Ní Chuilleanáin’s style is most unusual as she often leaves us with more questions after reading a poem then we had before reading it. “Street” is the perfect example of this. Ní Chuilleanáin has constructed "Street" in such a way that we don’t know if it’s about a man in love with a local girl or a perverted stalker, watching an innocent girl’s every move, unbeknown to her. Ní Chuilleanáin starts off the first stanza with “he fell in love with the butcher’s daughter” but ends of the same stanza with “he stared at the dark shining drops on the paving stones”. Even her use of assonance in that last line slows down the reader when reading the poem aloud, possibly for emphasis or to suggest something sinister. She also uses the imagery of red blood in the poem to conjure up a somewhat ominous picture in the mind of the reader “each tread marked with a red crescent”. (That's an attempt to illustrate Ní Chuilleanáin’s formidable style, but it's not very strong. Assonance isn't all that confusing. Blood is ominous, but why is that challenging? He could have talked about how it's ominous, but it is also an inviting track of bread crumbs leading him behind a half-open door. There are so many examples in that poem he could have used. For example, the colour white in "When he saw her passing by in her white trousers": a colour of innocence, underlining young love, but also it's just the colour of her uniform that she wears to butcher things - not quite as romantic. "Dangling a knife on a ring at her belt": dangling as in teasing, but also dangling a knife as in dangerous. The poem is full of mixed messages, as the author rightly pointed out earlier, but he didn't illustrate it well. Moral of the story is that you can't just take a poetic technique and claim it to be oh so complicated, you need to explain the complexity. The author does a significantly better job in the next paragraph.)

In my opinion “Translations” is a quintessential example of how her formidable style and demanding subject matter can prove challenging. In it she laments the deaths of the innocent women in Magdalen laundries whilst also showcasing the strength and power of women. (Would have been a good place for a quotation.)  It’s the type of poem you have to read over and over again to get a true understanding of what the poet is trying to articulate. The subject matter here is obviously a difficult one. The cruel and inhumane treatment of these so-called promiscuous women is most definitely “A cloud over {our} time”. Ní Chuilleanáin’s technique of alternating setting between the graveside and laundry in every stanza is very effective as it reminds us that this is still current issue and although the last laundry close in 1996, we as a society still have to make amends for the unnecessary suffering of these women. The poem may prove challenging for some readers because of Ní Chuilleanáin’s intricate use of language to have more than one meaning or reference. The opening line, for example, is as intricately crafted as it is eloquently put, “this soil frayed and sifted evens the score”. The word soil may reference to soil the women are buried beneath or the soil on the clothing they were forced to wash in the laundries. “Fraying” may refer to the fraying of linen or the movement of loose soil. “Evens the score” may refer to the grounds above their remains being evened out or this may be seen to suggest that, now that these women have been buried with dignity in consecrated soil, it has somehow evened the score with the nuns who treated them so harshly. Whatever way you interpret it, it is clear that Ní Chuilleanáin’s work is complex and has multiple layers.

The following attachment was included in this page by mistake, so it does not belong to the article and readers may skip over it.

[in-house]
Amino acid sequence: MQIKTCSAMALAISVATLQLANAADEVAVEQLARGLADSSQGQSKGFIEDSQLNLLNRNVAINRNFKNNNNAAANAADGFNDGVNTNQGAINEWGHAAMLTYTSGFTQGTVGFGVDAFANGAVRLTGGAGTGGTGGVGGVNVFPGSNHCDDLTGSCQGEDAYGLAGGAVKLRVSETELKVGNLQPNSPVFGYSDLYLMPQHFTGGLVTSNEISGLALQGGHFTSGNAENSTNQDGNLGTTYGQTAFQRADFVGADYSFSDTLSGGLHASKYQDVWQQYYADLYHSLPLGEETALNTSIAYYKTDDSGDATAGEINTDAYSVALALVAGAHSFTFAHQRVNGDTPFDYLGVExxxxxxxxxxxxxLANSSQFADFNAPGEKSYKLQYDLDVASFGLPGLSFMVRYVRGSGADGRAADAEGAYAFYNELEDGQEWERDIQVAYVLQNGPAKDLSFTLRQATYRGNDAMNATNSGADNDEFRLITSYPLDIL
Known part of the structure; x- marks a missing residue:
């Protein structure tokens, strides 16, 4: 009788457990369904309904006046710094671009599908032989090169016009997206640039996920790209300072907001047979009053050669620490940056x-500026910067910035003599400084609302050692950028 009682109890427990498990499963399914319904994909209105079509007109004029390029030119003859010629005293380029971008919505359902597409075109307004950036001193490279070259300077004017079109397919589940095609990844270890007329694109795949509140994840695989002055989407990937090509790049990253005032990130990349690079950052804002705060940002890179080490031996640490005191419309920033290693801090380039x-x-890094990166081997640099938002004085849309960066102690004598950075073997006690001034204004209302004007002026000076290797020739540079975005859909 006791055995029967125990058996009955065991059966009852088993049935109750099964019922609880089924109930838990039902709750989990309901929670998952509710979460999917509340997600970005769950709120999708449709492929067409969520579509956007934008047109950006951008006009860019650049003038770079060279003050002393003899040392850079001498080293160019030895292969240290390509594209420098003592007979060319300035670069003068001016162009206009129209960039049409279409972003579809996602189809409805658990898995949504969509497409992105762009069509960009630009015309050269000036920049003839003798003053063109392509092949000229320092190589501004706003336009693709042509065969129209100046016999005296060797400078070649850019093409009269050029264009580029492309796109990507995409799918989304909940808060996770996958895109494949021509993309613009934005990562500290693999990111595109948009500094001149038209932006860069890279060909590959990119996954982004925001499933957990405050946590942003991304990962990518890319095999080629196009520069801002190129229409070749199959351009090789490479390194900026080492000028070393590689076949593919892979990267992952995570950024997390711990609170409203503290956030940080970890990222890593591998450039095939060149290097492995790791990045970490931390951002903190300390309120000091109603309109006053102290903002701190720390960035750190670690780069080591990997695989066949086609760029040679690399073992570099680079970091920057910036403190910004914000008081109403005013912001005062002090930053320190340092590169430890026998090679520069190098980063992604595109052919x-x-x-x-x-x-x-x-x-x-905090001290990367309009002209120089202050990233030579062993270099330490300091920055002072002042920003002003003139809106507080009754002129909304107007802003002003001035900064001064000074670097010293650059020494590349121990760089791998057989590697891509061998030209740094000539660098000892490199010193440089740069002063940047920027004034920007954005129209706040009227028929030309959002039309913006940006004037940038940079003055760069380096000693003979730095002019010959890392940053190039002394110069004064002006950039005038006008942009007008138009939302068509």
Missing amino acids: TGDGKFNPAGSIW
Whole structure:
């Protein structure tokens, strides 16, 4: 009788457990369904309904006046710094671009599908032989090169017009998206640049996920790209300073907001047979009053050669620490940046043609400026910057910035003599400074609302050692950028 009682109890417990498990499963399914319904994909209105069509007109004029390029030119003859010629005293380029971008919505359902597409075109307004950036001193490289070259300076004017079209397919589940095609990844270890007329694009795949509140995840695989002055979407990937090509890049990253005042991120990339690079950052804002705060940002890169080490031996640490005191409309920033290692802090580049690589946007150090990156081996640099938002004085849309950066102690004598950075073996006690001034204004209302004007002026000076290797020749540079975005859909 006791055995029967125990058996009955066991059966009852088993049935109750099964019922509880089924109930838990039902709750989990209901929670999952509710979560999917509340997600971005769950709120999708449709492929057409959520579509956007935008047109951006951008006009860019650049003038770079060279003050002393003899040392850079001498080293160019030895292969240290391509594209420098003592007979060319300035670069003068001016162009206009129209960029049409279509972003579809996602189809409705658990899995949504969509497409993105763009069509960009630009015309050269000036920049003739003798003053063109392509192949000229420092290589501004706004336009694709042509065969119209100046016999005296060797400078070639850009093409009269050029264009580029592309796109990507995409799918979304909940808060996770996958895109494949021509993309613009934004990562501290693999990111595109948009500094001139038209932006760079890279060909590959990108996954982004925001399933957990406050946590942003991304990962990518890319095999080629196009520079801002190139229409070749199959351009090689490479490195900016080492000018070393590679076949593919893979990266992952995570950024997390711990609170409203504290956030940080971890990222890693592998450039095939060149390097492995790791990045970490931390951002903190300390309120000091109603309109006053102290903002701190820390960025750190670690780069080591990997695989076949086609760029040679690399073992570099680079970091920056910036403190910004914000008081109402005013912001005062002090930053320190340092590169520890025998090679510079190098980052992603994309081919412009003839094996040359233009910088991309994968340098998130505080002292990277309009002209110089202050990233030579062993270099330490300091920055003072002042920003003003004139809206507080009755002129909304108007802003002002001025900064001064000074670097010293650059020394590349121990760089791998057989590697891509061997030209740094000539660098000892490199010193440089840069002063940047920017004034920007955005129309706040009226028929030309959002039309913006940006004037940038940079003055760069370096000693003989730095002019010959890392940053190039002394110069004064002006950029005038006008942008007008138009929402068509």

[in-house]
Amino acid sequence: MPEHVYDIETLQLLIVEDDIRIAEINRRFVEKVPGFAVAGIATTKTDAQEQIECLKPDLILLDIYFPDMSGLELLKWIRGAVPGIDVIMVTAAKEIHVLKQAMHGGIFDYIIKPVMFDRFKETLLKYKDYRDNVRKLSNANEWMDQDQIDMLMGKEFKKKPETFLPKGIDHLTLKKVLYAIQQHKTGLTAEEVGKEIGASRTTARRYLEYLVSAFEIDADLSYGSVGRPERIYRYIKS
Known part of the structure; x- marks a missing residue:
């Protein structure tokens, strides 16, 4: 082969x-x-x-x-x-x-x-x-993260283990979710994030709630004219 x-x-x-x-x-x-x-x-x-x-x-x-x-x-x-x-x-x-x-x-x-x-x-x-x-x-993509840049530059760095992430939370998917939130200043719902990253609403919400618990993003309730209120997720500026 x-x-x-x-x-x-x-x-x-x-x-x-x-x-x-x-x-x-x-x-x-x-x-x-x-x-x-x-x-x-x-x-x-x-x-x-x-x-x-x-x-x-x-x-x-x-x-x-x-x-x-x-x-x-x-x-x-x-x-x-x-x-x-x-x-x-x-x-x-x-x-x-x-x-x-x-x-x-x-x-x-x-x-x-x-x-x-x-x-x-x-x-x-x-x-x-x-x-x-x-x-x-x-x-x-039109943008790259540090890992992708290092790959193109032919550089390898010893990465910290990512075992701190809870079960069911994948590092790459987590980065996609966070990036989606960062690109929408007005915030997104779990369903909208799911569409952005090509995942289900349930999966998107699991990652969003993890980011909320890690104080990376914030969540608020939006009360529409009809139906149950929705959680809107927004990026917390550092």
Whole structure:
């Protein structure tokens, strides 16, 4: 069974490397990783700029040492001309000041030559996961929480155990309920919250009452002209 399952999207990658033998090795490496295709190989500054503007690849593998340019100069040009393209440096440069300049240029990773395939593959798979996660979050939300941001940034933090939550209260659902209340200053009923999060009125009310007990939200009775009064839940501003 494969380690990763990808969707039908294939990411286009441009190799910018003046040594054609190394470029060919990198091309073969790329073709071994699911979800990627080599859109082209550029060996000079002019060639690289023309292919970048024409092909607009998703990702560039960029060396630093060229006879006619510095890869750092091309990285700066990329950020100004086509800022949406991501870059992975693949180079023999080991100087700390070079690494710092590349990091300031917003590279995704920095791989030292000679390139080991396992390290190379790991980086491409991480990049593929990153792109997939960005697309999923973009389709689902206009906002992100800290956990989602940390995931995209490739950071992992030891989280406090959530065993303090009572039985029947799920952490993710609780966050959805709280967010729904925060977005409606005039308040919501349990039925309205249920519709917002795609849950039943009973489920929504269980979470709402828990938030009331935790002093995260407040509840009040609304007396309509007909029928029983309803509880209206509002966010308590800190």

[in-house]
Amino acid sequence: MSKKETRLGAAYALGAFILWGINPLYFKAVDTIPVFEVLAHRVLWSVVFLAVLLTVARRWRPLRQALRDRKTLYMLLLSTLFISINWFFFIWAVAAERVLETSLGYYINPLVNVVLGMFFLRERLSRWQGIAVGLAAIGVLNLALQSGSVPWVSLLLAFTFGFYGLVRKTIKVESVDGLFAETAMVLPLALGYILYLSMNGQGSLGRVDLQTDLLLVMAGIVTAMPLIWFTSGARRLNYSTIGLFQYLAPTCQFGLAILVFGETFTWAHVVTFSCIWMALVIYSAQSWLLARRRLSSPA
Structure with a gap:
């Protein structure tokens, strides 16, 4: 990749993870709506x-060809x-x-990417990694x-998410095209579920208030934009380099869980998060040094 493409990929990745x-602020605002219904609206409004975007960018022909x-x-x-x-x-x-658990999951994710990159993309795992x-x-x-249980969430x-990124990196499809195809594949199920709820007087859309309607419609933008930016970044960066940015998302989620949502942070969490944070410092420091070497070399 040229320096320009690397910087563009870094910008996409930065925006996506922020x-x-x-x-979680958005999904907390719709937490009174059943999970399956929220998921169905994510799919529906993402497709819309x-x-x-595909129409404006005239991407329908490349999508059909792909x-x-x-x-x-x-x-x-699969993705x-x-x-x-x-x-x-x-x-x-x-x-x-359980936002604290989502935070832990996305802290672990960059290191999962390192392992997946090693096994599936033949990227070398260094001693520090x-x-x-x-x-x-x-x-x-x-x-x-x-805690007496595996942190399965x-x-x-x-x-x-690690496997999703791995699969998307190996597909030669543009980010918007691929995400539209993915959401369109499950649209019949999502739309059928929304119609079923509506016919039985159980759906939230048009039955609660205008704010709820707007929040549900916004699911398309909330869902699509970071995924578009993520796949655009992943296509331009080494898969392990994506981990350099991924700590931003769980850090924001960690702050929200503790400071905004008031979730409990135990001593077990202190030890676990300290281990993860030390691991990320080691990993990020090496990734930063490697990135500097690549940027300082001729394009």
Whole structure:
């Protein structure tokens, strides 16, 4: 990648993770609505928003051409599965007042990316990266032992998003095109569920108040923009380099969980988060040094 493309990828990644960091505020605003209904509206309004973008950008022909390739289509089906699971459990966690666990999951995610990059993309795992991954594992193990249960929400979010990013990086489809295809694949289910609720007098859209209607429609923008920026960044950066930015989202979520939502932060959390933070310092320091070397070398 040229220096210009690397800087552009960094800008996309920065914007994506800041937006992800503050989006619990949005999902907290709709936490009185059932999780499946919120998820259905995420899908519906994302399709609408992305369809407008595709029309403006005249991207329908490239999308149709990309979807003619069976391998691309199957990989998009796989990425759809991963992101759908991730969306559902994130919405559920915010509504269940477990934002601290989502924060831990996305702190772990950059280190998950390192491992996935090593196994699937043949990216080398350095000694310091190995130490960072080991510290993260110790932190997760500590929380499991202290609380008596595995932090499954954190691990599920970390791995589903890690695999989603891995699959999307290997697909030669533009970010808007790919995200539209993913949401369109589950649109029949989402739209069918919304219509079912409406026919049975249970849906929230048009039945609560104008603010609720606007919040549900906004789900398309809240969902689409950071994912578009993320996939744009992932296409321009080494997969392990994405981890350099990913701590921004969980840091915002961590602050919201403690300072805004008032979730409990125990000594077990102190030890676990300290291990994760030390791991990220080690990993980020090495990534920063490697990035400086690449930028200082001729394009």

As I hope I have demonstrated, Ní Chuilleanáin’s demanding subject matter and formidable style can often prove challenging. (Again, a little mechanical. It's true that you are restating a lot of what you've already said, but try to be more subtle than a sledge-hammer.) Her themes, including love, death, religion and family are never straight forward, but her unique and iconic style makes for complex yet enjoyable reading.

Many thanks to the author, Ben O’Donnell

Leaving Cert essays are marked using "PCLM"

Clarity of purpose:

- The message is clear, the paragraphs are well sign-posted and the structure is transparent (though not ideal). Every paragraph addresses the question.

- So many essays I read have tons of great facts, but no structure/coherence, whereas this essay is kind of the opposite. It needs to be fleshed out with good material. This is a really important point, because "marks awarded for either Coherence of Delivery (C) or Efficiency of Language Use (L) cannot exceed the marks awarded for Clarity of Purpose."

Coherence of Delivery

- The ideas are presented in a somewhat consistent manner, but the author starts of with a theme-by-theme structure (death), but then switches to poem-by-poem. It's better to follow one or the other structure. There is reasonable continuity.

- This essay is only 780 words, that's a little short. A good essay would usually be around 1000 words. The author only answers using four poems. The author should have examined "Death and Engines" and "On Lacking the Killer Instinct" in more depth. He would have done better if he had mentioned another one or two poems, just briefly.

Efficiency of Language Use

No major issues.

Accuracy of Mechanics

It has all been tidied up here, but remember that this counts for 10%!